Indescribable ... Inexplicable ... Miraculous
Most people might think of a trip to Rome, Mass at St. Peter's and receiving Communion from the pope as a dream come true. Some would even call it a miracle.
For Dr. Edward and Jeanne Gatz of Omaha, it was another miracle - the cure of Edward Gatz's terminal cancer in 1989 - that led them to Rome Oct. 11 for the canonization of St. Jeanne Jugan and four other saints
"You can't describe the indescribable," Jeanne Gatz, 71, said. "The atmosphere and the spirit, the feeling of the love and the devotion that was there from the nuns, the priests, the people that came on the pilgrimages; it was so uplifting."
While in Rome, the Gatzes were guests of the Little Sisters of the Poor, the religious order founded by St. Jeanne Jugan. The sisters, who take a vow of hospitality, made the couple feel welcome in every way, they said.
"When we first arrived, I asked the Little Sisters if the priests could say Mass, and within 15 minutes they had their vestments on and we started the whole thing off with a Mass," said 72-year-old Edward Gatz, who joined the Catholic Church in 1959. "It's such a community of God, and it's indescribable as Jeanne and I search for words to say what it's like to be with the people, except it's a taste of heaven."
Edward and Jeanne Gatz got to know several groups of the Little Sisters of the Poor as they went through the canonization processs. Two English-speaking members of the order served as their guides during their five days in Rome.
At the canonization Mass, the Gatzes were seated one row behind the priests and were among only 40 people to receive Communion from Pope Benedict XVI that day.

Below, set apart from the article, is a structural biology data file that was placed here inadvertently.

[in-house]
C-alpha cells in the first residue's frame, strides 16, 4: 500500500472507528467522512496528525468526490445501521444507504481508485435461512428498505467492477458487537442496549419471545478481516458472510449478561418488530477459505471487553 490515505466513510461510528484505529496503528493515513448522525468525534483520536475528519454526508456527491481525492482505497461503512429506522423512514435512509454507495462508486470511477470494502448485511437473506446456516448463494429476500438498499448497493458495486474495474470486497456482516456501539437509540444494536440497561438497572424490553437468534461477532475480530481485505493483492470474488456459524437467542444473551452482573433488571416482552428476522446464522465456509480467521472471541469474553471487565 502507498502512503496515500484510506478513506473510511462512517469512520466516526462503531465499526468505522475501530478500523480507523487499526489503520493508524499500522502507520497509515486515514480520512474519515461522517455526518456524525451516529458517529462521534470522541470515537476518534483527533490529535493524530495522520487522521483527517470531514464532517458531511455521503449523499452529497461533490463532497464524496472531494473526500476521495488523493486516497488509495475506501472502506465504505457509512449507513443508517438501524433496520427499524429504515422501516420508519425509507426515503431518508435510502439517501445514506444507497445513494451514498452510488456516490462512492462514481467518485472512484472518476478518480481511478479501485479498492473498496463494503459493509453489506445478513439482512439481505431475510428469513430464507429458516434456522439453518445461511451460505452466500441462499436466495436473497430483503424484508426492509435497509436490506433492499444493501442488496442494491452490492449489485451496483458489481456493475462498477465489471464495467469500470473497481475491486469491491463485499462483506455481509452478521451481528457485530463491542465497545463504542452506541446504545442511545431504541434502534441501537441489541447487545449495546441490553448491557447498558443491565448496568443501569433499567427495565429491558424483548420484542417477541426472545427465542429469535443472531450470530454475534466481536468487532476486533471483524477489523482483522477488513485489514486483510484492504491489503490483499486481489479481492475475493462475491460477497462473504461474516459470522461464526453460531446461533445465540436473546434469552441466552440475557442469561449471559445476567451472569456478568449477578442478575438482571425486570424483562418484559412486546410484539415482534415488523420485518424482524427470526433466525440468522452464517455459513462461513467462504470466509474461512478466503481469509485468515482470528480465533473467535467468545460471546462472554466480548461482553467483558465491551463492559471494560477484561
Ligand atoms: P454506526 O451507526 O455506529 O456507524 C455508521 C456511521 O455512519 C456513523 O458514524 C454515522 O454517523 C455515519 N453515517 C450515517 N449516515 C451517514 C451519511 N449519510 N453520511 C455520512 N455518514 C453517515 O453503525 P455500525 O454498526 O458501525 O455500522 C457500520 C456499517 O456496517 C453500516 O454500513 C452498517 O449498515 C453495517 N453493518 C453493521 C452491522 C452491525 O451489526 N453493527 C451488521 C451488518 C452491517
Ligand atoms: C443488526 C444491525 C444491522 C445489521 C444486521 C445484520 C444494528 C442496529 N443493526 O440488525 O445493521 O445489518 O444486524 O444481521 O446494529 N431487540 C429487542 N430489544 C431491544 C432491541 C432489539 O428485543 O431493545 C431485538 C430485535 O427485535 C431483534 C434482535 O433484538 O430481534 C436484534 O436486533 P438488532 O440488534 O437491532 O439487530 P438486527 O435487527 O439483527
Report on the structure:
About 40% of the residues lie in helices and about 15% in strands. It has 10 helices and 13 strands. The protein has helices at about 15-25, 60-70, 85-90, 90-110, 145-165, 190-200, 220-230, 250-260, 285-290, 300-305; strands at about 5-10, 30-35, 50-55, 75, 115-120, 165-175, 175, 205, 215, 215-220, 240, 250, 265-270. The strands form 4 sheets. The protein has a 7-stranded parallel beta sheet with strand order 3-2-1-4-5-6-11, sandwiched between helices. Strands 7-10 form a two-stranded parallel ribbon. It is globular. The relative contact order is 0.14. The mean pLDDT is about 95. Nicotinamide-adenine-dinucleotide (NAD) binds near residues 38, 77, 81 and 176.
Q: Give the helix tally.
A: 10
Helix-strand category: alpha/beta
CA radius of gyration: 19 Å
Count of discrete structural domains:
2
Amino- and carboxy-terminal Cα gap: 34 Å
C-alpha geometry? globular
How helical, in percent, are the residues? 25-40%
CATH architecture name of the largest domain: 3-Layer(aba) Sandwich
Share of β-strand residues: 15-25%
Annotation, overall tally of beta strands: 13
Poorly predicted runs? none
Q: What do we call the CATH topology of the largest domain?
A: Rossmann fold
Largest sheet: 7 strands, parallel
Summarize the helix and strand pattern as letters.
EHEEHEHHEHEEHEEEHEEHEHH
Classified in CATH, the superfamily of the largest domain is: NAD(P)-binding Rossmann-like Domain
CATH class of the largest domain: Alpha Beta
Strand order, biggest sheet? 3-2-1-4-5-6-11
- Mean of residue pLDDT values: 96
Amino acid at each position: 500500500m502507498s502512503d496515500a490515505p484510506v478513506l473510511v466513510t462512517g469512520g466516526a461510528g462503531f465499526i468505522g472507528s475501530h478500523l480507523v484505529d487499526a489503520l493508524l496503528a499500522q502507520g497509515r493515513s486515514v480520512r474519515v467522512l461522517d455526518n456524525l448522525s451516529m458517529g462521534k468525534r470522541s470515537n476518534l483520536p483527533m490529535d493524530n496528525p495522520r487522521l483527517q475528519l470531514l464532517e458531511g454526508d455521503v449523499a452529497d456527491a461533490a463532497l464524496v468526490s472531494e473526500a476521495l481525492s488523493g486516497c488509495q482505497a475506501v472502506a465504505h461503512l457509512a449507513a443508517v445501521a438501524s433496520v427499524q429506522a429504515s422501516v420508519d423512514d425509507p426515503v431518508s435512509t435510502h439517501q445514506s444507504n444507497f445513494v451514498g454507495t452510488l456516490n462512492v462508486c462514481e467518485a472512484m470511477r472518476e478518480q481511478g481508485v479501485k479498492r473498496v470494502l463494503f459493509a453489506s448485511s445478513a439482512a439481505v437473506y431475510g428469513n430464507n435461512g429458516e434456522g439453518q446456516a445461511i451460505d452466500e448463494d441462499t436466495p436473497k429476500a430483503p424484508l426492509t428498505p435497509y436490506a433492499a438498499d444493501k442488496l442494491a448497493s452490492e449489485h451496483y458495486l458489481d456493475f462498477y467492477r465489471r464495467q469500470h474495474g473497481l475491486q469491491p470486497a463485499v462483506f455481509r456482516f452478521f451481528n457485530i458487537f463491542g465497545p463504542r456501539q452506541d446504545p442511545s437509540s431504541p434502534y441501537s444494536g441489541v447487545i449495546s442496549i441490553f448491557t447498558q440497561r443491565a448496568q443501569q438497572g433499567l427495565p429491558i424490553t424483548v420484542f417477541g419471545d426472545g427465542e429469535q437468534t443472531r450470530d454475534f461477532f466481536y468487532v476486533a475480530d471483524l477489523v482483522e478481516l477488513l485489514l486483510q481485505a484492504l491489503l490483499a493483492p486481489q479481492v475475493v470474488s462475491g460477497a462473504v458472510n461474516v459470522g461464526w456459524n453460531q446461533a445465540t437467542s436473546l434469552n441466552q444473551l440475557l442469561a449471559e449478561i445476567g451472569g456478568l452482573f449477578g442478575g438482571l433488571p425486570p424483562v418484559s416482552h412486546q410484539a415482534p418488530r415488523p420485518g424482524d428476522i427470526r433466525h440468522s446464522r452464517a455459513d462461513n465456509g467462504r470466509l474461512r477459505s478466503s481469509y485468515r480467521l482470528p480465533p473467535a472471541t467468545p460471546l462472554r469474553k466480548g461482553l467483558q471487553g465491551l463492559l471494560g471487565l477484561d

Also in attendance was their son, Dr. Bart Gatz of Florida; their niece and nephew, Mark and Jacque Fitzgerald of Norfolk; their cousin, Laurie Burgess and her boyfriend, Darryl McNeil of Omaha; and friends, Sharon Melchior, Margo Schmising, Ron and Pauline Wilwerding, Father James Buckley and Father Matthew Gutowski.
The Gatzes said their marriage and their faith have been strengthened as a result of Edward Gatz's miraculous cure, and they feel a sense of greater purpose in life.
"I'm still looking for a reason why I'm still around," said Edward Gatz, who suffers daily from acid reflux symptoms because his stomach is now behind his sternum as a result of the surgery that removed the tumor. "It's not over until it's over and you ought to be looking for what you could be doing."
The couple, who celebrated 47 years of marriage this year, said they turn to several saints in prayer, but that St. Jeanne Jugan gets called upon the most for her intercession because they know she listens.
"Going through this experience," Jeanne Gatz said, "makes you realize there are saints in heaven, and yes, they are watching over you and hearing prayers and interceding."